Domestic Violence and Spousal Immunity

The Common Domestic Violence Encounter

A very common call for any police officer is what they often refer to as a domestic disturbance. Individuals living together, in relationships, married, etc… often get in fights. When that happens they may even get loud or even violent. Neighbors or one of the individuals in the fight will then call the cops and they are dispatched on a domestic disturbance.

When officers arrive they normally separate the individuals and start to ask questions. The answer to these questions often determine who, if anyone, will be cited and/or arrested. Additionally, these conversations with law enforcement are the foundation for what will happen at court when the charges are prosecuted. Some common outcomes that result from officer investigation are as follows:

  • If officers believes that the fight was mutual and they can not pick an aggressor then they will often cite both parties with disorderly conduct.

  • If officers determine that one party broke furniture or other possession during the fight then they will likely cite that individual with criminal mischief.

  • If officers find signs of physical abuse, such as red marks, scratches, bruising, blood, etc… then they will often believe the individuals story who has those injuries and cite the other individual with assault.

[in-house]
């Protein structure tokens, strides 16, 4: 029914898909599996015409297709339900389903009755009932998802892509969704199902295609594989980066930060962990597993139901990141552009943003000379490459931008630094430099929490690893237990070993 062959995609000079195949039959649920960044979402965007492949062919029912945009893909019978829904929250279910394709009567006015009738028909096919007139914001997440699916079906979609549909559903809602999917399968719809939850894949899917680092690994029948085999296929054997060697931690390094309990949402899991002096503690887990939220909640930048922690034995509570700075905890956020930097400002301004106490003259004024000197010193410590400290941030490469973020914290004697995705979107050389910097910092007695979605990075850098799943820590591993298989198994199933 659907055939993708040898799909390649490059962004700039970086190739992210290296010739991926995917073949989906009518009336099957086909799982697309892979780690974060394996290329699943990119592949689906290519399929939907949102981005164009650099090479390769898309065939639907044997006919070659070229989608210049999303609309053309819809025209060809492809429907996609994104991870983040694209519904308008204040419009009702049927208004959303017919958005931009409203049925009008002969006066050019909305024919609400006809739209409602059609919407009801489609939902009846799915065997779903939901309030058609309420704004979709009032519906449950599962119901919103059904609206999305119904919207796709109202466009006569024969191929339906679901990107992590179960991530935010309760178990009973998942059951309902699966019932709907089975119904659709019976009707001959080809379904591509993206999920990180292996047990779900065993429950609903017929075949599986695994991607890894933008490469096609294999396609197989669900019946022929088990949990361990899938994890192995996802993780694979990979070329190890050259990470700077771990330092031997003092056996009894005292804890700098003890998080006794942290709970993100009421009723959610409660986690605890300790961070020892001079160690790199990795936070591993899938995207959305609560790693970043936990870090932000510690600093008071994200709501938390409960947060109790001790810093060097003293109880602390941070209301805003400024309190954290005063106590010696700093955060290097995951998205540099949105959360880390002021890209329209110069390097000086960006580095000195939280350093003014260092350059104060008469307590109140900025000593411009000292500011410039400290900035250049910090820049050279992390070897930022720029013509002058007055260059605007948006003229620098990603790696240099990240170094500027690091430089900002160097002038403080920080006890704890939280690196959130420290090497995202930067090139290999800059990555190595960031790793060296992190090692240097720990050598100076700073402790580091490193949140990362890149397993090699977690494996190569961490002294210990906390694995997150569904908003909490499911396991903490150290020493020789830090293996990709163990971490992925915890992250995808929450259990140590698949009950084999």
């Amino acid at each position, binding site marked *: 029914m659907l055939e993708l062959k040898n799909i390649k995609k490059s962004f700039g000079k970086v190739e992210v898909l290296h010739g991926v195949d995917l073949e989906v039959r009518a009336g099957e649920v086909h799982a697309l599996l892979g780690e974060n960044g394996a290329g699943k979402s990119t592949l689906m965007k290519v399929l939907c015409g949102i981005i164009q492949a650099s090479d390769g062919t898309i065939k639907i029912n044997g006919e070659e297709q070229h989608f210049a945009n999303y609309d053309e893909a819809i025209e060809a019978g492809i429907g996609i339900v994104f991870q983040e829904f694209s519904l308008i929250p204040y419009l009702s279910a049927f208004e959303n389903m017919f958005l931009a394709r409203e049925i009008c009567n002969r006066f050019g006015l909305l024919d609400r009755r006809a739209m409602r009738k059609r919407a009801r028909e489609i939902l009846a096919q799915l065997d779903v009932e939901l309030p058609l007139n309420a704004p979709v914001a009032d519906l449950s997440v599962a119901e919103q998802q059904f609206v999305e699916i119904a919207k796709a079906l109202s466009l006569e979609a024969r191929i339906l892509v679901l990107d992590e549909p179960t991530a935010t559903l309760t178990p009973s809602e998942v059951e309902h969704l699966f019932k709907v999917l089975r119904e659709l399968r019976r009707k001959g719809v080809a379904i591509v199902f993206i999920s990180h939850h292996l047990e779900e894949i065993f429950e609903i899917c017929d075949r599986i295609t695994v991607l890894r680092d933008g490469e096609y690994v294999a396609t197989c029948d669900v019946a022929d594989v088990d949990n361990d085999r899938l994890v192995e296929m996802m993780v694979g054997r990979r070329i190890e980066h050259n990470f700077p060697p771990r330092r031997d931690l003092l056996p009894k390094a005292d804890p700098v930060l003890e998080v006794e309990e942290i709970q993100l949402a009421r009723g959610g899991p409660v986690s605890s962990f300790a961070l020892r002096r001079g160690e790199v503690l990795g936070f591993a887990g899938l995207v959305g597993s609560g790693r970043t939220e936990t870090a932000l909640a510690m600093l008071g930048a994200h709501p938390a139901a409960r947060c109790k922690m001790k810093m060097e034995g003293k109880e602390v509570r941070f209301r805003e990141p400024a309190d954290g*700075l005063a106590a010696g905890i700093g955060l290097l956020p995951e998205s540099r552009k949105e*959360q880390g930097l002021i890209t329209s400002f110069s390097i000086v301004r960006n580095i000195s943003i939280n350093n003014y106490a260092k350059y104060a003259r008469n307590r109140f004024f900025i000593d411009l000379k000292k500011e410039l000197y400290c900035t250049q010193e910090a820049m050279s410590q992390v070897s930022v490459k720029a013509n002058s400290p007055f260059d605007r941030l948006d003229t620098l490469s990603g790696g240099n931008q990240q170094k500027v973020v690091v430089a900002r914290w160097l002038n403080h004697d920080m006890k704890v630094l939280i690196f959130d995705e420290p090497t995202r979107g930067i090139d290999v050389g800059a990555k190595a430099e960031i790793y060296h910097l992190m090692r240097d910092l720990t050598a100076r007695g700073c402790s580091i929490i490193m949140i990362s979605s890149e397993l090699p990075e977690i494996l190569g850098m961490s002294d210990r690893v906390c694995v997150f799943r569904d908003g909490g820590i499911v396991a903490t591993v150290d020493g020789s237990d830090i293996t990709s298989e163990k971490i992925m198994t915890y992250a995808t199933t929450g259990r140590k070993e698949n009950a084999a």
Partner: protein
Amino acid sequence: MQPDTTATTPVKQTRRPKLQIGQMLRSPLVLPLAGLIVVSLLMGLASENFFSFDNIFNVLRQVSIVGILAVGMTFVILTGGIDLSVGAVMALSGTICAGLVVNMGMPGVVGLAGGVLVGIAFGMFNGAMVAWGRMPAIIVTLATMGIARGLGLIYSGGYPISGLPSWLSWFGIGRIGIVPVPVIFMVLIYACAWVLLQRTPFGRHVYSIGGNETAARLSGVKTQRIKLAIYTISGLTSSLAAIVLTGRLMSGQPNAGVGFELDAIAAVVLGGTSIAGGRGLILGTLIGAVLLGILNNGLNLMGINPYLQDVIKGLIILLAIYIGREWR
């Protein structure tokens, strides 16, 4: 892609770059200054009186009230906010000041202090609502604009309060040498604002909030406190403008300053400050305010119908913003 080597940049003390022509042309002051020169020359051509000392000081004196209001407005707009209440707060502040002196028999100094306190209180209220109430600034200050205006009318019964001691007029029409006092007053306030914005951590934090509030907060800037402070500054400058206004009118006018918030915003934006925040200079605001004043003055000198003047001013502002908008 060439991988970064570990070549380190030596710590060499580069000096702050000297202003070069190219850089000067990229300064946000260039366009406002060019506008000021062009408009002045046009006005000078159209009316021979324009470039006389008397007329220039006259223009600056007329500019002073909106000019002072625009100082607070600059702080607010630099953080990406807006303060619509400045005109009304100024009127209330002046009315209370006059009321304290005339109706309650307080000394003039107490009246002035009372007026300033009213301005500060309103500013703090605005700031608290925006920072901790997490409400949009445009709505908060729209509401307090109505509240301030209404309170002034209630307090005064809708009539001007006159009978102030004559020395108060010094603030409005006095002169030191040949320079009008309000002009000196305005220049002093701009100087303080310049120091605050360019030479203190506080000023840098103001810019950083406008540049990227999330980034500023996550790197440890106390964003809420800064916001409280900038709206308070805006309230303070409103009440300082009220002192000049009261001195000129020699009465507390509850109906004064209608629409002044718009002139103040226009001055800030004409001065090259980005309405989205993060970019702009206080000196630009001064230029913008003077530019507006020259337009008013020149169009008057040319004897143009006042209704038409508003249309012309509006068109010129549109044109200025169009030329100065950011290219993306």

Spousal Immunity

Very often in domestic violence cases the alleged victim does not want to participate in the prosecution and does not want to testify against their significant other. There may be many different reasons for this but the reality is that a lot of people change their mind or have a different story from when the cops initially made contact with them. In cases where the alleged victim and the defendant are married there is a way that the alleged victim can refuse to testify.

Normally in criminal cases the prosecution can issue subpoenas to witnesses to force them to testify under the threat of being held in contempt. However, in the case of one spouse testifying against the other spouse there is something called Spousal Immunity that protects spouses from being forced to testify against each other. This protection is not something the defendant can use to keep their spouse from testifying but instead a protection the alleged victim can use to refrain from testifying if they so choose.

Domestic Violence Consequences

Domestic violence charges are very serious and if convicted you could be facing the loss of your ability to own and possess firearms. Additionally, domestic violence charges are enhanceable, meaning if you are convicted and subsequently charged with domestic violence again in the future you could be facing a more serious charge with harsher consequences. For these reasons you should not take any domestic violence charges lightly, even if you think your case is “an easy one.” Call a criminal defense attorney today and make sure you are protected.